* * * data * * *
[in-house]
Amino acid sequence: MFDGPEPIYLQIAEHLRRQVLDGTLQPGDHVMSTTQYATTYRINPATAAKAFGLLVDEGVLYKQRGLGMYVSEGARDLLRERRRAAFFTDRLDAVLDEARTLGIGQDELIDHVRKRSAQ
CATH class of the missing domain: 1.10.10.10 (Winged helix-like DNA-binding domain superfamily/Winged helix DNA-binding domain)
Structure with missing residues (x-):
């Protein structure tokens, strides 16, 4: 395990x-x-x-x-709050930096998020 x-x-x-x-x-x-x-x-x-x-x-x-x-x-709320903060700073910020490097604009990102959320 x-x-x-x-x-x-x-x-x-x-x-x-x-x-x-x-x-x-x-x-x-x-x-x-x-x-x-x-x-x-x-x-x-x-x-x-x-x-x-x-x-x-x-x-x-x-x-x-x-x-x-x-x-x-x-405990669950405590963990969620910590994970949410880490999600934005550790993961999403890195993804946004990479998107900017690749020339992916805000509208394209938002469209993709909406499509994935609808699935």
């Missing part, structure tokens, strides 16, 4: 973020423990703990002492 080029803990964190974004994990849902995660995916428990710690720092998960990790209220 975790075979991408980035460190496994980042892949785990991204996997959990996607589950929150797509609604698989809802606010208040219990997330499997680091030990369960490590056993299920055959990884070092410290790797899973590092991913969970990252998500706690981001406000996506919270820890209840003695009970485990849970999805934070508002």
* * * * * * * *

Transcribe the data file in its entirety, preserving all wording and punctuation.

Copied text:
[in-house]
Amino acid sequence: MFDGPEPIYLQIAEHLRRQVLDGTLQPGDHVMSTTQYATTYRINPATAAKAFGLLVDEGVLYKQRGLGMYVSEGARDLLRERRRAAFFTDRLDAVLDEARTLGIGQDELIDHVRKRSAQ
CATH class of the missing domain: 1.10.10.10 (Winged helix-like DNA-binding domain superfamily/Winged helix DNA-binding domain)
Structure with missing residues (x-):
């Protein structure tokens, strides 16, 4: 395990x-x-x-x-709050930096998020 x-x-x-x-x-x-x-x-x-x-x-x-x-x-709320903060700073910020490097604009990102959320 x-x-x-x-x-x-x-x-x-x-x-x-x-x-x-x-x-x-x-x-x-x-x-x-x-x-x-x-x-x-x-x-x-x-x-x-x-x-x-x-x-x-x-x-x-x-x-x-x-x-x-x-x-x-x-405990669950405590963990969620910590994970949410880490999600934005550790993961999403890195993804946004990479998107900017690749020339992916805000509208394209938002469209993709909406499509994935609808699935």
């Missing part, structure tokens, strides 16, 4: 973020423990703990002492 080029803990964190974004994990849902995660995916428990710690720092998960990790209220 975790075979991408980035460190496994980042892949785990991204996997959990996607589950929150797509609604698989809802606010208040219990997330499997680091030990369960490590056993299920055959990884070092410290790797899973590092991913969970990252998500706690981001406000996506919270820890209840003695009970485990849970999805934070508002």